The U.S. Senate has approved the nomination of Robert King, a former congressional aide, as special envoy for North Korean human rights, congressional sources said Sunday, according to Yonhap News.
King was named by President Barack Obama in September under the North Korean Human Rights Act which calls for provision of financial aid to help improve human rights conditions in the North and accommodation of North Korean defectors into the U.S.
The act was effectuated in 2004 under the Bush administration for a four-year run and was extended by Congress for another four years in September last year. It calls for "activities to support human rights and democracy and freedom of information in North Korea," and "assistance to North Koreans who are outside North Korea," plus 12-hour broadcasting to North Korea.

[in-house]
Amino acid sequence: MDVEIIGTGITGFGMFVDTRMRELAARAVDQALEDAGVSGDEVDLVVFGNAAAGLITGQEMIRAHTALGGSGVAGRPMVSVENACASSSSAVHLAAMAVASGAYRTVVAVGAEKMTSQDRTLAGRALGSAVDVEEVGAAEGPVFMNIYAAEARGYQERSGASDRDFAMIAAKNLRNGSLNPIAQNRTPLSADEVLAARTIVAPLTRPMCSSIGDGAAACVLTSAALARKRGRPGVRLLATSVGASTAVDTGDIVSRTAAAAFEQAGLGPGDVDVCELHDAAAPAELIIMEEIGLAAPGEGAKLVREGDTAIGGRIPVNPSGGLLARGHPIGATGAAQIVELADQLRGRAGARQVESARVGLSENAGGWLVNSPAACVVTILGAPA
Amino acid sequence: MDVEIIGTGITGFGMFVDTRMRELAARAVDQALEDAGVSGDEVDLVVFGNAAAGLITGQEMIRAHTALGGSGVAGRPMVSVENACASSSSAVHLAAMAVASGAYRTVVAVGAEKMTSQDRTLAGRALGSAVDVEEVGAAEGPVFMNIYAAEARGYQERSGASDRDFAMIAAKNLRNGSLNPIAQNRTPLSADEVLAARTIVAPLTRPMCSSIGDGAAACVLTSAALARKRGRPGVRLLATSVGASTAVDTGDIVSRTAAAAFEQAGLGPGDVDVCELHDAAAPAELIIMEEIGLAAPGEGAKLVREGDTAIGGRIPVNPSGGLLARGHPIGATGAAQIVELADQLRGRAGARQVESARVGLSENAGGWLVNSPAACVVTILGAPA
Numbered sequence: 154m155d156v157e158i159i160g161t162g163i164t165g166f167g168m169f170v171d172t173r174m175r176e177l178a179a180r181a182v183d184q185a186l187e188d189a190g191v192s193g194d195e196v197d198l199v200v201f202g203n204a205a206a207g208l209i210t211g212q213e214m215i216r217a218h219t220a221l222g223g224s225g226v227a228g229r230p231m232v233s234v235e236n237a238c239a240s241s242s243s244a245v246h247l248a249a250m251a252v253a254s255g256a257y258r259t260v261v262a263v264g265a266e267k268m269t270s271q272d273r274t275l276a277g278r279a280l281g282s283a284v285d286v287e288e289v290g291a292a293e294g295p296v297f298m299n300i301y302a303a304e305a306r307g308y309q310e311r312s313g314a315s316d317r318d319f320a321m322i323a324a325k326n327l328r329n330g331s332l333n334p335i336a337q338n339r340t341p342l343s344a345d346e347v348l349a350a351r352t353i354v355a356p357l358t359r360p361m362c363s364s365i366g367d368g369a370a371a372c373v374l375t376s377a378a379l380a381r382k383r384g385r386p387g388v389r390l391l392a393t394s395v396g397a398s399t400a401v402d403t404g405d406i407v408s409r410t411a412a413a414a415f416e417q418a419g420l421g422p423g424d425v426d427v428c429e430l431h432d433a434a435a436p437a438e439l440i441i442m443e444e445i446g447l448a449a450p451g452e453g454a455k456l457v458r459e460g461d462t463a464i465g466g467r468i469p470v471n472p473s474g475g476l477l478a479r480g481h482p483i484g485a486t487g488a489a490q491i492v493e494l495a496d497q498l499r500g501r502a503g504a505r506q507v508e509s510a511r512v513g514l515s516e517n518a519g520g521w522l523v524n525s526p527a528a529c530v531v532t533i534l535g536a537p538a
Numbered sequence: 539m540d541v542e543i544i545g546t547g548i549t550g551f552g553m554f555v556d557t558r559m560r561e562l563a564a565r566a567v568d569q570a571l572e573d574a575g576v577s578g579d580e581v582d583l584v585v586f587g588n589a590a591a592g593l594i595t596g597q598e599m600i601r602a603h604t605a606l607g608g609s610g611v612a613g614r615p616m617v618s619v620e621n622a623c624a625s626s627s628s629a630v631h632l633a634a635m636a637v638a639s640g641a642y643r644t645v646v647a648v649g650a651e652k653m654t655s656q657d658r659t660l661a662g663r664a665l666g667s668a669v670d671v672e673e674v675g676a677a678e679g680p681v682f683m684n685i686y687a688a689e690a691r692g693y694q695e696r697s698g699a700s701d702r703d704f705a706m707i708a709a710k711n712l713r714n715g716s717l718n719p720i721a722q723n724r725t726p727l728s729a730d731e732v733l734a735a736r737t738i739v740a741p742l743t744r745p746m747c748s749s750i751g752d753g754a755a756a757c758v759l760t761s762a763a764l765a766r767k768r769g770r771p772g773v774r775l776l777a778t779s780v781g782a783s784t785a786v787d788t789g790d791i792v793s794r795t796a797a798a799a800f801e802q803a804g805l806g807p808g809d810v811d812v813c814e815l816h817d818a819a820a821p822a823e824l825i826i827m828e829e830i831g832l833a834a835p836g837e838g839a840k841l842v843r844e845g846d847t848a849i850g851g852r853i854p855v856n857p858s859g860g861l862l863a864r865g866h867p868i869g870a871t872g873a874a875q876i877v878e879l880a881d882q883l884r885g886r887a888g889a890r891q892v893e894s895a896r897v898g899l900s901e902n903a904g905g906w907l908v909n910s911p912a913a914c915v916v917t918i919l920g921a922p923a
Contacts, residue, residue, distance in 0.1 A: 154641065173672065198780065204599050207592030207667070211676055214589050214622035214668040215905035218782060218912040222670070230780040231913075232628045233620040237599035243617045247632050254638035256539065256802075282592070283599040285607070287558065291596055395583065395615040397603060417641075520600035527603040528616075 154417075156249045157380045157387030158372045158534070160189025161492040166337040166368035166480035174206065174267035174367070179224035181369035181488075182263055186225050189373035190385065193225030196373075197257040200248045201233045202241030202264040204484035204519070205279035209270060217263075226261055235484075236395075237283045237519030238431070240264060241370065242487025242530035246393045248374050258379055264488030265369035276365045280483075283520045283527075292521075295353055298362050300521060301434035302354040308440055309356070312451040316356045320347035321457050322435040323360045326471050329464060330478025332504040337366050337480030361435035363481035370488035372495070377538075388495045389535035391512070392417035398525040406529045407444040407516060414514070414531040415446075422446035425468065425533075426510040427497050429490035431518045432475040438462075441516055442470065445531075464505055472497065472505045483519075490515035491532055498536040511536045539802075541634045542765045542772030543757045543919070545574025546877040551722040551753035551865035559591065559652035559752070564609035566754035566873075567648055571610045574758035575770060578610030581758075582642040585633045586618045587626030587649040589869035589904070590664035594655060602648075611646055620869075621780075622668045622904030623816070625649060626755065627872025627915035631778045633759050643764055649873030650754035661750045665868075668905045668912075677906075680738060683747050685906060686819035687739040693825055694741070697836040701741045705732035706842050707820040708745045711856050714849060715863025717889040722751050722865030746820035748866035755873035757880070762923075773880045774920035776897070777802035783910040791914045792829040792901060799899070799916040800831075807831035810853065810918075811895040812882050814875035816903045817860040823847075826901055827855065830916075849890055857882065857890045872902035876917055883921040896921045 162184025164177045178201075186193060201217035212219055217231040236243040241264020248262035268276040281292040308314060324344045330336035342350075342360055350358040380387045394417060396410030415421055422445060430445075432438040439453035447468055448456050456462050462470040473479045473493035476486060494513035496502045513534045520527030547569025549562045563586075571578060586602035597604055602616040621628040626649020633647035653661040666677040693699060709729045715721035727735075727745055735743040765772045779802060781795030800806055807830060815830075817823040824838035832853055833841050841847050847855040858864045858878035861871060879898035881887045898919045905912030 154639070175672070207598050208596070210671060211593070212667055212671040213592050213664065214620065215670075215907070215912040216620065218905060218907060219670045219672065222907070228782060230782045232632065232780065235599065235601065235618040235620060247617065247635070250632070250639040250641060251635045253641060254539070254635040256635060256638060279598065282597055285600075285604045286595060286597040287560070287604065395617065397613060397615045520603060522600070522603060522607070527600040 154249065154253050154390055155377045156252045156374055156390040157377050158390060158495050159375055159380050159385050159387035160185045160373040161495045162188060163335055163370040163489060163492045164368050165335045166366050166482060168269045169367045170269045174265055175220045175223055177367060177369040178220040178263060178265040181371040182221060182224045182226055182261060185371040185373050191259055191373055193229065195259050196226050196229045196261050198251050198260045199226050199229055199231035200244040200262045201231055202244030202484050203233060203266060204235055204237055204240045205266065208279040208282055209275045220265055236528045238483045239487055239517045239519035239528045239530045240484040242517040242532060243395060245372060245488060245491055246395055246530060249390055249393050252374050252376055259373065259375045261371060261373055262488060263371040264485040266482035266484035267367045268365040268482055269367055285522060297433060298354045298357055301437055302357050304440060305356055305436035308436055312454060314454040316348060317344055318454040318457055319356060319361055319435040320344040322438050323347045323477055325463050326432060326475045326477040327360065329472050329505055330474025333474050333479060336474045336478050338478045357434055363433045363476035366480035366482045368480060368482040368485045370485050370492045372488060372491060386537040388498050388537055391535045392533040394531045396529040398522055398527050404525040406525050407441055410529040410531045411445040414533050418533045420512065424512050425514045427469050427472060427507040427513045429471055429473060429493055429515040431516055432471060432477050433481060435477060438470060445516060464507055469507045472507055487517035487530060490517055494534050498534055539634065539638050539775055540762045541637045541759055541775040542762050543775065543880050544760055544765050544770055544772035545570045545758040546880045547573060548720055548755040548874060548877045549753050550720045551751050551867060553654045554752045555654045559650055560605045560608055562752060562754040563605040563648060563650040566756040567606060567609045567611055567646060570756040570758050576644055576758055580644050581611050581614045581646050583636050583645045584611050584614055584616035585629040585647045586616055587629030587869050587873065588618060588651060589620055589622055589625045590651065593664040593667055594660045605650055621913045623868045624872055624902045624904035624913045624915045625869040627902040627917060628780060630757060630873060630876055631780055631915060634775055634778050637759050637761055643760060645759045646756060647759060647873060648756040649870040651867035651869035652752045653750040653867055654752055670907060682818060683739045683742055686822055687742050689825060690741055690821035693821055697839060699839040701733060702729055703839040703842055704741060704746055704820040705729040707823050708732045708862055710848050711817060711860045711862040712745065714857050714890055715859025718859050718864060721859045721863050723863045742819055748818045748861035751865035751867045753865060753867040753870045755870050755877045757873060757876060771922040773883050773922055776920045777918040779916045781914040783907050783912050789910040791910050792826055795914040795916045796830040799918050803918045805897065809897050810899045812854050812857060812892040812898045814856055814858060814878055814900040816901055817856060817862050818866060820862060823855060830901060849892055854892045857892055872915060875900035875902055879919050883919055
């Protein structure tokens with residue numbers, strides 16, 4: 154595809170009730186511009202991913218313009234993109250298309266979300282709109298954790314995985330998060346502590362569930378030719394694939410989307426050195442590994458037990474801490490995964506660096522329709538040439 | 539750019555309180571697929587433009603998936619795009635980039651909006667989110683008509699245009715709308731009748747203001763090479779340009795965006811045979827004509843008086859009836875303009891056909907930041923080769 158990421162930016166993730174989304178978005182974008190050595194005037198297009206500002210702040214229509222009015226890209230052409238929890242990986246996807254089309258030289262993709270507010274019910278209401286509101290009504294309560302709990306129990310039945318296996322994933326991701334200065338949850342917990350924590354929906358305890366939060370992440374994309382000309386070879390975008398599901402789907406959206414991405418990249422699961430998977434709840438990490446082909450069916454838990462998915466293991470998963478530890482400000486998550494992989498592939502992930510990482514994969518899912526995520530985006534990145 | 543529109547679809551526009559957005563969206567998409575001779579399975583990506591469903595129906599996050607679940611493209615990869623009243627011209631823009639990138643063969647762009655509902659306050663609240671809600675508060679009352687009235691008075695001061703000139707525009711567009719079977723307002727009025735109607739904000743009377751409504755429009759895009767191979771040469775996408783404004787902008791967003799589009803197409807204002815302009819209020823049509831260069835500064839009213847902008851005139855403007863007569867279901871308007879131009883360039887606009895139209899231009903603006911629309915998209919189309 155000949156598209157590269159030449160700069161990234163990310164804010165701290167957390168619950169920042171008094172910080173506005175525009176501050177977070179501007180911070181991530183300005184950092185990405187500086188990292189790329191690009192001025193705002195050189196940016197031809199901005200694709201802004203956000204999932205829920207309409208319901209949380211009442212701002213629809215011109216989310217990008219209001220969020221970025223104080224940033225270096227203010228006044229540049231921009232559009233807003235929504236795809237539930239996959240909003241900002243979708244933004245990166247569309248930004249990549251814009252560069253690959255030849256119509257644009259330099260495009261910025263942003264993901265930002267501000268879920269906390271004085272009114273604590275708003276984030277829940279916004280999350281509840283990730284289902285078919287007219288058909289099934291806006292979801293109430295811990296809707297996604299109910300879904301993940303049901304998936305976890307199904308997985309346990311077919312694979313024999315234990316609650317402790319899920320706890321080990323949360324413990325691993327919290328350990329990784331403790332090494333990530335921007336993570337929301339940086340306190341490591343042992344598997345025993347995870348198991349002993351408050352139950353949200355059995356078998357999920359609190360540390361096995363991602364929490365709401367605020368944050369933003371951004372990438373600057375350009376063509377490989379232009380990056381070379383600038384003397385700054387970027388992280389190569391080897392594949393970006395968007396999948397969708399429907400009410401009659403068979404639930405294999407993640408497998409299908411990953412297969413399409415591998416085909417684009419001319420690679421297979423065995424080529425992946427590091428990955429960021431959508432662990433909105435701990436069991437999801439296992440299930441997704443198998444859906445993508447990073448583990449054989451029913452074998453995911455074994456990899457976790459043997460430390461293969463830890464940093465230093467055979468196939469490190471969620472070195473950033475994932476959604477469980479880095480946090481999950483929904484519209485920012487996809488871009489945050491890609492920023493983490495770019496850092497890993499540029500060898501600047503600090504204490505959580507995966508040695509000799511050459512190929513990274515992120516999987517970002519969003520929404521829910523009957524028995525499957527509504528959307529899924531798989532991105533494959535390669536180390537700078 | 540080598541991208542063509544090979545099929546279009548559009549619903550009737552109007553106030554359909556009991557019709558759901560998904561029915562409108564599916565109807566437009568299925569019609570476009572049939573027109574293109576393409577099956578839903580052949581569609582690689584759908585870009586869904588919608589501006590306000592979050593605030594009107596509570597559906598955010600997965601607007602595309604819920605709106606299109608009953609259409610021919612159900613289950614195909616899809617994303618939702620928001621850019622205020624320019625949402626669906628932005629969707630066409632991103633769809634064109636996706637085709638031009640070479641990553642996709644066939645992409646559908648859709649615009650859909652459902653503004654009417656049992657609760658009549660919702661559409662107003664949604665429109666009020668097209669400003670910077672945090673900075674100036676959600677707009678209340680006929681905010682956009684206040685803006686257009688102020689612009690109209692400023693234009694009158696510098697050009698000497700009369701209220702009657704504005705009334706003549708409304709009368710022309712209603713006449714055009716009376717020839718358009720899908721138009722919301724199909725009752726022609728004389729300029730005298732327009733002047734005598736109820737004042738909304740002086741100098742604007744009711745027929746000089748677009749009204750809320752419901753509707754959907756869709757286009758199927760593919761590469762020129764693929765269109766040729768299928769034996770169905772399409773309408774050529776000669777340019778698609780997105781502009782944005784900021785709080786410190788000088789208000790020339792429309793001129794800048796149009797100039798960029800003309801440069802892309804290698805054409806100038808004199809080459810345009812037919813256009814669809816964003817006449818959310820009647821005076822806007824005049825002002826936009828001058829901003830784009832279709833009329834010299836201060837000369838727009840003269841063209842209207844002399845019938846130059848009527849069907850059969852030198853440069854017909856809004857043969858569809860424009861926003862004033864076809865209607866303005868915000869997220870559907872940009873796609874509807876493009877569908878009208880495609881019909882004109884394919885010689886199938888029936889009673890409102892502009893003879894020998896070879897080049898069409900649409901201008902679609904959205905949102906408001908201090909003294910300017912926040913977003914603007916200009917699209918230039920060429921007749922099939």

Speaking at a Senate confirmation hearing earlier this month, King said he will raise China's deportation of North Korean defectors with Beijing.
Most of the defectors cross the border with China to seek shelter. South Korea has received nearly 20,000 of them since the end of the 1950-53 Korean War.
The U.S. has taken in about 80 North Korean refugees since the North Korean Human Rights Act.